Are we in the midst of another global growth slowdown?

A lot of the recent incoming data has been soft. And while this may just be a blip, the breadth of weak numbers seems to be increasing. We could be in the midst of a global growth slowdown just as G-10 monetary policy has turned more hawkish. Some brief comments below

Deeply negative European data suprise numbers are mean reverting

Now last week, I mentioned the possibility of an enduring slowdown with specific reference to Europe.

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the Citi Economic Surprise Index (CESI) for the Eurozone, fell to -79.2 at the end of last week. That’s abysmal. It’s the lowest reading since at least April 2013.

The caveat was that such deeply negative figures are mean-reverting. And from a market perspective, the CESI below -70 meant positive equity returns in 14 of 15 occasions over the past decade and a half.

So I think policymakers in Europe are looking through these data. The ECB would, therefore, be poised to end quantitative easing later this year. And rate hikes would then be on the table for 2019. The inflation data don’t support it at a rise of 1.3%. But, like the Fed, I sense the ECB is keen to normalize policy with its largest member state, Germany, growing at 2.5%.

Emerging markets are weakening too

Europe’s not the only place where the data have been soft. Last month, research from Capital Economics showed emerging market growth slipping to as low as 4%. The peak seems to have been at the end of the third qurter of 2017, they say. And their proprietary nowcast data show a broad-based slowdown across the emerging market universe.

UBS is seeing the same thing now. Their data show annualized quarterly data up only 3.3% sequentially in Q4 last year. And that’s down from 4.1% in Q3, the peak growth quarter Capital Economics saw. UBS say the sequential declines are masked by positive year-on-year numbers. But once the Q1 and Q2 2017 numbers get stripped out even those numbers will show a decline.

Still, the IMF sees rosy things ahead. As the IMF holds its annual meeting, it is stcking by its growth estimates for 4.9% for EM in 2018. That’s up from 4.8% in 2017 — so the opposite of what Capital Economics’ nowcasts are saying. The IMF is also predicting 5.1% growth for 2019 for EM.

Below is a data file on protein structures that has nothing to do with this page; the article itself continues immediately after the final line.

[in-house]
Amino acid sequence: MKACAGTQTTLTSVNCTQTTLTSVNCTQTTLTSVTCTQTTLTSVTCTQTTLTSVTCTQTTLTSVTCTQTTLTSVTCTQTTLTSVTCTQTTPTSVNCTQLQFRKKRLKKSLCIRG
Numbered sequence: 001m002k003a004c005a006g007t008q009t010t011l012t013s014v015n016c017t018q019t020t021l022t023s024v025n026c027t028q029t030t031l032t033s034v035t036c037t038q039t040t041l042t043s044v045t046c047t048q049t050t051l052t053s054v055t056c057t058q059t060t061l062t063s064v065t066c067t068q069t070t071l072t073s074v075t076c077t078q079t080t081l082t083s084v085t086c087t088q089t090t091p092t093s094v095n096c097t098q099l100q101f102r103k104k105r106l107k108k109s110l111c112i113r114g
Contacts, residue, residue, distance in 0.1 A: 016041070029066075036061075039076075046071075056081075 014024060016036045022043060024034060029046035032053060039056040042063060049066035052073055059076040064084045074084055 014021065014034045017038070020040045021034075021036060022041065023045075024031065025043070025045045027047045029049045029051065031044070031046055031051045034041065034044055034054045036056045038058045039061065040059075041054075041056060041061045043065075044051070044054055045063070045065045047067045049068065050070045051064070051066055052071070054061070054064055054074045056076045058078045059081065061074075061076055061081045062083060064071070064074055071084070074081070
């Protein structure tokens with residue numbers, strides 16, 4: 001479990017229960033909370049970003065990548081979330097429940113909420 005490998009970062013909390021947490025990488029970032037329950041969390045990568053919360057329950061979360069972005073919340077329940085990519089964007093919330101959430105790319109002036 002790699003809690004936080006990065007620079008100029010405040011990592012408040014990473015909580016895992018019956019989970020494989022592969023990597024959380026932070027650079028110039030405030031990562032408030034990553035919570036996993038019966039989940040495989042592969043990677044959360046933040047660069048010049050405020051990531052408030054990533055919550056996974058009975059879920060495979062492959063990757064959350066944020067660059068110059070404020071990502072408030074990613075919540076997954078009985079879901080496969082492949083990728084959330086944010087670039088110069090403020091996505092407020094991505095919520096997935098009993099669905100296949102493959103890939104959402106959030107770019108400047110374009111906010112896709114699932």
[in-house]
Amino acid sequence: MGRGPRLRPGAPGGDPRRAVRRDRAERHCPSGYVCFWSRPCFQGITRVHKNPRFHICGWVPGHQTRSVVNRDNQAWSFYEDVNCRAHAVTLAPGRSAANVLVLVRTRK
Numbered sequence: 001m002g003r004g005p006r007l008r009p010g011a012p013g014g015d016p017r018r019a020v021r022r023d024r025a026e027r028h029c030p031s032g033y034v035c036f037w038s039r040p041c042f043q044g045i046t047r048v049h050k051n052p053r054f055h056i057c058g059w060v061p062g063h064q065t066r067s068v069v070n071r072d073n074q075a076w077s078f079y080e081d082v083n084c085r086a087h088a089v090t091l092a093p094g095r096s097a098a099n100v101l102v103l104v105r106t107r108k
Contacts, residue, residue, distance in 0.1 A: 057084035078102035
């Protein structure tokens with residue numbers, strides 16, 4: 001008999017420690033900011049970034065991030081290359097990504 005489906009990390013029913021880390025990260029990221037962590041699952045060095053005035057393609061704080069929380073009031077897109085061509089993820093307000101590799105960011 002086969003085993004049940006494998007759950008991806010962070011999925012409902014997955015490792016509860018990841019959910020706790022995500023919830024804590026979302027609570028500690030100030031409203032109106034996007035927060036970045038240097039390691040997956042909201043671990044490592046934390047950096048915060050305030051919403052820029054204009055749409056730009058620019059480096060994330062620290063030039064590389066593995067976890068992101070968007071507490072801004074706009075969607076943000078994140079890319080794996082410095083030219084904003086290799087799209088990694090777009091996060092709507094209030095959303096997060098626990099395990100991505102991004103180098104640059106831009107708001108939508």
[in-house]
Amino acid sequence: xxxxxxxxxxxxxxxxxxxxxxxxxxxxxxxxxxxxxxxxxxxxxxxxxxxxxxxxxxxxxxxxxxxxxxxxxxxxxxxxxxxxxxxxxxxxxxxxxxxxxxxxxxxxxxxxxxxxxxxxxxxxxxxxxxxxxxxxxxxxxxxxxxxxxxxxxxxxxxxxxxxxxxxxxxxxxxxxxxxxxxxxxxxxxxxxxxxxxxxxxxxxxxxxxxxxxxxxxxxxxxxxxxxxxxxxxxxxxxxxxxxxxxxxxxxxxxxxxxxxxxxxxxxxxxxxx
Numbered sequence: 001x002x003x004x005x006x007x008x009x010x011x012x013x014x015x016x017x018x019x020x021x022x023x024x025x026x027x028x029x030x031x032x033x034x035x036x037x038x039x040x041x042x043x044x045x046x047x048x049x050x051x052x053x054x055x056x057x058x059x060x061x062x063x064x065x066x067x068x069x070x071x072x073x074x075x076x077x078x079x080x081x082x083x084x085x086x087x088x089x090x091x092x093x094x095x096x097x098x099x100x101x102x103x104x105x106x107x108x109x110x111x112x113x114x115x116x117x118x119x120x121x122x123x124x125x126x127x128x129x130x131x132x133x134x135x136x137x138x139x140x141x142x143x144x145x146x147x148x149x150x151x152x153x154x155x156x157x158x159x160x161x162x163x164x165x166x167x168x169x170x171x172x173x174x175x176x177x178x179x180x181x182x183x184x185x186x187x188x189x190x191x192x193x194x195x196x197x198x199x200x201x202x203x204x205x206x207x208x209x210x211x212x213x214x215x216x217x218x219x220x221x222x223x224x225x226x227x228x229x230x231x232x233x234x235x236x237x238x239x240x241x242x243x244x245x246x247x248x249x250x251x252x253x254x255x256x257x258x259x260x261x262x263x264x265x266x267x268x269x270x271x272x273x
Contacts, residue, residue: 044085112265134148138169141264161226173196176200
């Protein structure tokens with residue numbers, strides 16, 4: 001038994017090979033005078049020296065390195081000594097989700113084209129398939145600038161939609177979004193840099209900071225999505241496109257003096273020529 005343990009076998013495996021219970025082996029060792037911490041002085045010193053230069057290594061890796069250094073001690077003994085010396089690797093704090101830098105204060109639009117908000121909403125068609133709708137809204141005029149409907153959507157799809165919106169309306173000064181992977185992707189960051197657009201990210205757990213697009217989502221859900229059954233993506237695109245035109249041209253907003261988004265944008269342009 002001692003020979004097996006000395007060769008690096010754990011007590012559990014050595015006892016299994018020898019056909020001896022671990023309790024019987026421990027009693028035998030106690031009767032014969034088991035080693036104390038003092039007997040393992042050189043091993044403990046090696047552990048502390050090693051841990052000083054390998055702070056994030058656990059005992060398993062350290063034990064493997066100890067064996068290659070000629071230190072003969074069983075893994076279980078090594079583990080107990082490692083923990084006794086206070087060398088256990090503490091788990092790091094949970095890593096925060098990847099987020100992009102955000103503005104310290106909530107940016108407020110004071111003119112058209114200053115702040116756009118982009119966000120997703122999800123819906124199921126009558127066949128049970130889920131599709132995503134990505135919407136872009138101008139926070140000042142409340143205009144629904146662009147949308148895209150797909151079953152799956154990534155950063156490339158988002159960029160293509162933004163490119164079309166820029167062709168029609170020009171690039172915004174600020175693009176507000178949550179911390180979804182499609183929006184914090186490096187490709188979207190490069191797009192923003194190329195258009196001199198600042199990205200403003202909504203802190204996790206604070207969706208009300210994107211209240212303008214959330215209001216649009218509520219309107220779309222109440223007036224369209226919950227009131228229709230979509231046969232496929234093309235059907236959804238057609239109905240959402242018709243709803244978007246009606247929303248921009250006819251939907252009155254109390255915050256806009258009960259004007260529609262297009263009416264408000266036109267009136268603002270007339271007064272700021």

Given what UBS and Capital Economics are saying, we should be cautious about the IMF figures. PMI data show a broad slowing in emerging markets from Turkey, the Czech Republic, and Poland to Russia and India where the numbers are barely above 50. And then in South Korea, the PMIs are below 50, meaning the manufacturing sector is contracting.

And these numbers are in concert with many weak Eurozone PMIs in March. Auto sales in Europe came in at their weakest in five years this morning. That’s inline with the weakening PMIs. And it suggests slowing consumer demand growth.

Credit sector softness in the US

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Meanwhile, in the US, Q1 growth is also going to come in weak when figures are released later this month. But, for me, its the subprime auto sector we should care about. Back in November, non-bank lender loans were going sour at financial crisis delinquency levels.

Almost 9.7 percent of subprime car loans made by non-bank lenders — including private-equity-backed firms catering to car dealers — became 90 or more days past due in the third quarter, the highest annualized rate in more than seven years, according to the New York Fed’s quarterly report on household debt and credit. That’s more than double the 4.4 percent rate for subprime loans made by traditional banks, a number that’s been falling pretty steadily since the end of the financial crisis.

Those numbers keep rising.

Now, a lot of this is likely specific to non-bank lenders. Moreover, there were only $25 billion of asset-backed securities pooling subprime auto loans in 2017. Compared to the $1.2 trillion of asset-backed securities backed by home loans in 2005 and 2006, this is chicken feed. It’s simply not a systemic issue.

Is subprime auto a canary in the coalmine?

Nevertheless, the cracking of the subprime auto space is significant as a credit event. It could be a canary in the coalmine that suggests there is more to come. This is especially true in an environment where spreads are very low and rates are rising. Add to this mix a potential slowing in growth and you have negative end of cycle dynamics.

However, San Francisco Fed President John Williams reinforced the message I was trying to make in yesterday’s post. I said that curve flattening isn’t inversion. And the 90s bull market saw a curve just as flat as the one today for the entire period. It’s inversion we should care about.

And Williams said exactly the same thing in comments in Madrid.

The flattening of the yield curve that we’ve seen is so far a normal part of the process, as the Fed is raising interest rates, long rates have gone up somewhat – but it’s totally normal that the yield curve gets flatter.

A truly inverted yield curve “is a powerful signal of recessions,” he added.

My takeaway, then, is that the Fed recognizes the risk of a yield curve inverting. That doesn’t mean they see it as a definitive market signal. It also doesn’t mean that they won’t continue raising rates right up until the curve inverts.

So we should expect the Fed’s tightening to continue. And if growth continues to be weak globally, the curve will flatten even more from here. As I have said, my bogey is 25 basis points by mid-year between the 2 and the 10-year Treasury. And then we’ll just have to wait and see.

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